Jan 19 & 20, 2013 - Politics

Politics and baseball

WASHINGTON, D.C., As the nation gets ready to inaugurate President Barack Obama a second time, let's reminisce about politics and baseball.

Many of you know that former Kentucky Senator Jim Bunning is a member of the Baseball Hall of Fame. He was a dominant pitcher for most of his 17 years in the majors, mostly for the Detroit Tigers and Philadelphia Phillies. Finshed his career 224-184 with a 3.27 ERA. He is one of the few to throw no-hitters in both leagues.

Former New York Governor and presidential candidate Mario Cuomo had a promising baseball career cut short by a fastball. He was signed by the Pittsburgh Pirates organization in 1951 and assigned to their Brunswick minor league team. Later that first season he was hit in the head by a fastball. It was so serious doctors advised he give up baseball, which he did, and went on to finish law school.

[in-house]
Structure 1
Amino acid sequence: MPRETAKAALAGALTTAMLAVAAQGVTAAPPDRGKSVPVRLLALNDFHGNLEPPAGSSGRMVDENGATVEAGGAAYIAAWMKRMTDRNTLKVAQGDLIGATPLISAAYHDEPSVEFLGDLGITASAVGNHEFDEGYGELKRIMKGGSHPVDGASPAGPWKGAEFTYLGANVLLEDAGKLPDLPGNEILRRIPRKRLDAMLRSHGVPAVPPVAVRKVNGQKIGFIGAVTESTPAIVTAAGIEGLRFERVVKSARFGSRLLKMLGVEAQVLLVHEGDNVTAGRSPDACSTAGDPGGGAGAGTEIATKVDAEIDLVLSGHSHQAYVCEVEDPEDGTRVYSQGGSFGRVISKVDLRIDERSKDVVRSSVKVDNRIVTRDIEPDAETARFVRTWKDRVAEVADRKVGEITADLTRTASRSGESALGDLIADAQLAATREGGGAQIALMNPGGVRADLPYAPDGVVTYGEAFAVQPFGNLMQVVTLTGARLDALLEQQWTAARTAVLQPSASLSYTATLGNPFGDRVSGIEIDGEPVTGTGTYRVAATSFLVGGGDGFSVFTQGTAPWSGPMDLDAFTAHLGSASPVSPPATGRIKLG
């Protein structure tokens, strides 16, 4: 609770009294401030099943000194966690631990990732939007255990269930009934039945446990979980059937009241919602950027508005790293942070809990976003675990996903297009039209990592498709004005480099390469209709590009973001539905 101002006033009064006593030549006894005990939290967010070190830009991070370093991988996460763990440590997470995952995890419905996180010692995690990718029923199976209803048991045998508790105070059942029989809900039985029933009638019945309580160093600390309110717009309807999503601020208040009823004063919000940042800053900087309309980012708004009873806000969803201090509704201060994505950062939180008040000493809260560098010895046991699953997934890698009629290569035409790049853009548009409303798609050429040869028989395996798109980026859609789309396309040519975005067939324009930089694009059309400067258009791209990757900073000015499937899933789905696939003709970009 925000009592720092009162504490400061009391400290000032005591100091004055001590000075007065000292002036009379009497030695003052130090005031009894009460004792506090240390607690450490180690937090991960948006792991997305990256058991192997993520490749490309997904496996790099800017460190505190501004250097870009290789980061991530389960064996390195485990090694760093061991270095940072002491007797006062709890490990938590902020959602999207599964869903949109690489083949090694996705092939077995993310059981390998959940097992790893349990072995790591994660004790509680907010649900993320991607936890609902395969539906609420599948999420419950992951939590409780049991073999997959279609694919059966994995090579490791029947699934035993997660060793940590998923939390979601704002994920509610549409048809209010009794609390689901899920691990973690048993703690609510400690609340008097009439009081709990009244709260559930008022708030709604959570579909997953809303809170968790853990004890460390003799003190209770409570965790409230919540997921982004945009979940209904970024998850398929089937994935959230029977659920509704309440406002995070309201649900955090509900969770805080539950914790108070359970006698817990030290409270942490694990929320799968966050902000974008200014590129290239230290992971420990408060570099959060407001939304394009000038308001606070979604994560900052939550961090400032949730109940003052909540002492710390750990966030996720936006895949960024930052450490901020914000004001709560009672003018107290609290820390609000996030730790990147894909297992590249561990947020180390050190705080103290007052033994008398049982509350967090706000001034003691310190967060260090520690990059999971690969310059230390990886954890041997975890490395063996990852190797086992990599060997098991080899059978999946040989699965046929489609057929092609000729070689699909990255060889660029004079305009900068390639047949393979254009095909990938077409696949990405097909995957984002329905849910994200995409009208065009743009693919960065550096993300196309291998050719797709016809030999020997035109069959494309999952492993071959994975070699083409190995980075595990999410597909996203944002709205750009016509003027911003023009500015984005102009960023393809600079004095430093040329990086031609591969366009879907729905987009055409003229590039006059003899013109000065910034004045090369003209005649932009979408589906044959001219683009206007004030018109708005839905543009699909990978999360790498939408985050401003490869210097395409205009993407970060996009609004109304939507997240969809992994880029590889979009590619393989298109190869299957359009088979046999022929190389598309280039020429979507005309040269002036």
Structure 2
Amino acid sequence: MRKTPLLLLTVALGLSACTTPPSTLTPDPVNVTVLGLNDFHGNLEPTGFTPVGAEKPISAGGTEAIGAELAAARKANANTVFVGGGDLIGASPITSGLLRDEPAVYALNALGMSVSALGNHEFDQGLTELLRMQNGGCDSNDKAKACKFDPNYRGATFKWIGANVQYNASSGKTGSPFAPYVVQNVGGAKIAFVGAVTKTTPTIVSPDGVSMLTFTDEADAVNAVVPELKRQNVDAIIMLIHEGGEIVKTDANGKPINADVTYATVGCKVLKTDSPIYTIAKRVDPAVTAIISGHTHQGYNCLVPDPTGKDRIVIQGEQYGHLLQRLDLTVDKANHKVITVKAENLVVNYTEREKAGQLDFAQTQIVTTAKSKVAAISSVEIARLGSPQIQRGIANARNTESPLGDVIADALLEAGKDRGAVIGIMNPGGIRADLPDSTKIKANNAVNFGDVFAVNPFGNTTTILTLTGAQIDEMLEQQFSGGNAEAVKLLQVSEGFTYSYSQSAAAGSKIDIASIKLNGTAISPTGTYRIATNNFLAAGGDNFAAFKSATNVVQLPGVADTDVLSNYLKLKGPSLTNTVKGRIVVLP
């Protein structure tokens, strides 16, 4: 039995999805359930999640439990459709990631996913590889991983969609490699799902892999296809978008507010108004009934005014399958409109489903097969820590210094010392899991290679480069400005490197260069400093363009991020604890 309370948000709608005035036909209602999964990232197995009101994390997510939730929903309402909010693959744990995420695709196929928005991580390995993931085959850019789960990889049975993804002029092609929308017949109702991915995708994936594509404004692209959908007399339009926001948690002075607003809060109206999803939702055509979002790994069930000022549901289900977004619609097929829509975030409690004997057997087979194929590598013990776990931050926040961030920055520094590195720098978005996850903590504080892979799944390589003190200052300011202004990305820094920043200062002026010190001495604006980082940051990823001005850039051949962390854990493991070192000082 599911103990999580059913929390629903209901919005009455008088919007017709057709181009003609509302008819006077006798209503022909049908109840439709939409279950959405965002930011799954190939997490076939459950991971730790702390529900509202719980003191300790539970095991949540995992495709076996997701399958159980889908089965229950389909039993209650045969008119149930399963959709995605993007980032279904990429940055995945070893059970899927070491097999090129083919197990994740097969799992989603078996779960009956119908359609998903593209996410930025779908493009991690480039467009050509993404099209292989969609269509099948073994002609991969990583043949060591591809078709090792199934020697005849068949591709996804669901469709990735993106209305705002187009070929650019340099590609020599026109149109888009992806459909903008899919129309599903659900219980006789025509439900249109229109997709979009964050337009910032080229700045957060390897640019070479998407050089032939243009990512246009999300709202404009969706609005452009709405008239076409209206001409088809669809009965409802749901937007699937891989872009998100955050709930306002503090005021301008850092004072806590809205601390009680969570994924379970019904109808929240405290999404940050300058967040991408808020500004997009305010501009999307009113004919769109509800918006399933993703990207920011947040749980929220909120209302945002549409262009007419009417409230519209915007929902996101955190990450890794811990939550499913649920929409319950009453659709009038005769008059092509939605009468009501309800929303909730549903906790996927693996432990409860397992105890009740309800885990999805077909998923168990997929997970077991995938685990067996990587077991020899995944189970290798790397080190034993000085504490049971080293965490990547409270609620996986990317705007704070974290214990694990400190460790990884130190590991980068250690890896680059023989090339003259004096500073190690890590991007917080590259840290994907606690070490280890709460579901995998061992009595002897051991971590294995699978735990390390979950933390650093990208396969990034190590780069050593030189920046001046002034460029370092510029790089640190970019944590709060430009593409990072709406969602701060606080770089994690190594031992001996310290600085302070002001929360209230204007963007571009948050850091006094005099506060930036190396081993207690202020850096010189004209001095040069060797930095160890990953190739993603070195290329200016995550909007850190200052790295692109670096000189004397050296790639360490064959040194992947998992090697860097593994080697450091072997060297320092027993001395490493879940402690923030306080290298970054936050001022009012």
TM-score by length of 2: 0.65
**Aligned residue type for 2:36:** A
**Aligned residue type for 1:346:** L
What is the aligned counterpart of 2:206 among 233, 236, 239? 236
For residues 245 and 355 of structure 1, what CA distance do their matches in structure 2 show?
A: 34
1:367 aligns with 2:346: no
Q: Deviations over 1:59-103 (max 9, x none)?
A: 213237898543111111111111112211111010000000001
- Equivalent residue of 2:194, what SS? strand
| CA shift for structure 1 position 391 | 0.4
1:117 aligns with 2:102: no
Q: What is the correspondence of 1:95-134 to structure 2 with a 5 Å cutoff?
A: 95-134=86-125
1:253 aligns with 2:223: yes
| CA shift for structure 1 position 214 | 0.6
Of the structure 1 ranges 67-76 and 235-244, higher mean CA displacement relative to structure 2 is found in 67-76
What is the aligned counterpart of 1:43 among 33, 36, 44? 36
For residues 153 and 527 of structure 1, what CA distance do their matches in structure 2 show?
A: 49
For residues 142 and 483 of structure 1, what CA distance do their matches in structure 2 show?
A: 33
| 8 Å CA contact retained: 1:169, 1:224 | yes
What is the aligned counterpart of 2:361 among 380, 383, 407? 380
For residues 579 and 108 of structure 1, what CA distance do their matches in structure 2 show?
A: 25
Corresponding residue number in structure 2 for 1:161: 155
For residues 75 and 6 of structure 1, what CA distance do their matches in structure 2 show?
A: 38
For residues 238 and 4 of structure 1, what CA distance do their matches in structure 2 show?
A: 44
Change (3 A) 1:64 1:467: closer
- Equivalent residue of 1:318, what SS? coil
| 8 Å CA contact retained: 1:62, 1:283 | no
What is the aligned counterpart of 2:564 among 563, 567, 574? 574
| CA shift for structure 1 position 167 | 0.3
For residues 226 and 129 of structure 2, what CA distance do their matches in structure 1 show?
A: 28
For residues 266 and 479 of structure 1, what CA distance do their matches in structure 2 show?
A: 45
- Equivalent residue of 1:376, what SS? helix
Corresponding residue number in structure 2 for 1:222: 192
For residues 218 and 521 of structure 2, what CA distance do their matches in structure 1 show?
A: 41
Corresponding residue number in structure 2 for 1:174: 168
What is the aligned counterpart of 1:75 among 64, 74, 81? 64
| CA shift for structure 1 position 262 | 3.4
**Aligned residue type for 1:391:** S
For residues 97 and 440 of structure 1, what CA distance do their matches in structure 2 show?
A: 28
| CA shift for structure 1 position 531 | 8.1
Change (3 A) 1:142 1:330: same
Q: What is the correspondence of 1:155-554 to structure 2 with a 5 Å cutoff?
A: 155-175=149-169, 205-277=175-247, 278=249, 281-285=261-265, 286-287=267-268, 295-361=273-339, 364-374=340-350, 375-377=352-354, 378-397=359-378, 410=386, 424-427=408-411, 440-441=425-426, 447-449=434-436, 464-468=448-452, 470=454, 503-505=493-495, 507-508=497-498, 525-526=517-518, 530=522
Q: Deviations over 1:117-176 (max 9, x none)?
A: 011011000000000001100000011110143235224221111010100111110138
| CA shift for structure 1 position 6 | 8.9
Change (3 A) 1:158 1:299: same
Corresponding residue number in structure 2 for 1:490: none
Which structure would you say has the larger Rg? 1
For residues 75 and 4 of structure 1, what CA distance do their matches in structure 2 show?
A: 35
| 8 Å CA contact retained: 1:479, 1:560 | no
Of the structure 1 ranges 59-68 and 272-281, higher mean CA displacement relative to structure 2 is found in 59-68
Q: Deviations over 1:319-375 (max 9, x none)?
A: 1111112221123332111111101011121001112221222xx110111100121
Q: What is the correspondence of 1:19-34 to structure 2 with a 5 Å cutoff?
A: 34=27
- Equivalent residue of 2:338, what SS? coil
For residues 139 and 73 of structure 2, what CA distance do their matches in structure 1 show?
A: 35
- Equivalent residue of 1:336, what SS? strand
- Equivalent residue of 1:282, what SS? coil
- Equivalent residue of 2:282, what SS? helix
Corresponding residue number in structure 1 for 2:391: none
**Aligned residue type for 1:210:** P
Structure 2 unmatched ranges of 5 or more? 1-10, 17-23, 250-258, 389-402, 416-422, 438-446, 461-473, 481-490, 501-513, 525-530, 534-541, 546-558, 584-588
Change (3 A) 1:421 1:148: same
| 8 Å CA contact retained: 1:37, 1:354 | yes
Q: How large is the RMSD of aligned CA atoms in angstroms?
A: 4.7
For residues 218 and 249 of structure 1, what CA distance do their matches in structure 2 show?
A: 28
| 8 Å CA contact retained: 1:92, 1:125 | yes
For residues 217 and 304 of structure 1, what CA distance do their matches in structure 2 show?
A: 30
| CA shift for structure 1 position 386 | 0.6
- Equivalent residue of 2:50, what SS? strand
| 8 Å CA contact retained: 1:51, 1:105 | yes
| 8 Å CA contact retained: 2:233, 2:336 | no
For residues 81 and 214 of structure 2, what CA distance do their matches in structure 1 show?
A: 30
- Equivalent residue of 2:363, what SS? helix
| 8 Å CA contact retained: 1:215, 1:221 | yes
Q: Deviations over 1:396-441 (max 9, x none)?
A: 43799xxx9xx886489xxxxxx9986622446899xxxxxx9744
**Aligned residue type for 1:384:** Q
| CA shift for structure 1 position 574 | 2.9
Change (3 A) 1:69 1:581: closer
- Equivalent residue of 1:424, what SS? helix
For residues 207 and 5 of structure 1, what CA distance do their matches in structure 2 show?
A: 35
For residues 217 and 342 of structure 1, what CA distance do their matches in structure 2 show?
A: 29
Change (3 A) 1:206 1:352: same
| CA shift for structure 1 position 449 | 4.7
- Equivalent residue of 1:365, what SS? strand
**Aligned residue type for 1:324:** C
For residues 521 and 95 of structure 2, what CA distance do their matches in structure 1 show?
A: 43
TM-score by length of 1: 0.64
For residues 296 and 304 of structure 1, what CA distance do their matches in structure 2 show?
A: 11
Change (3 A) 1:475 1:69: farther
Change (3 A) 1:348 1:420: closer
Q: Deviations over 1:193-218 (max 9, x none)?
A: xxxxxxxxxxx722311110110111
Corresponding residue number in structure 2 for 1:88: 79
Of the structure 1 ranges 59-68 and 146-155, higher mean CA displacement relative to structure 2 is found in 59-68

The Chicago Cubs' dominance of baseball attention in the Windy City continues despite the White House being inhabited by a Sox fan. A fan, President Barack Obama, who did not worry about alienating fans of the city's north side team during the 2008 campaign. This is what he told ESPN when asked who he'd root for in a Sox-Cubs World Series, "Oh, that's easy. White Sox. I'm not one of these fair-weather fans. You go to Wrigley Field, you have a beer; beautiful people up there. People aren't watching the game. It's not serious. White Sox, that's baseball. South Side."

Former President George W. Bush was principal owner of the Texas Rangers. His father, former President George H. W. Bush played baseball for Yale.

What other baseball-politics connections can you think of?

Contributing sources: 
ESPN 
Mario Cuomo in the Minors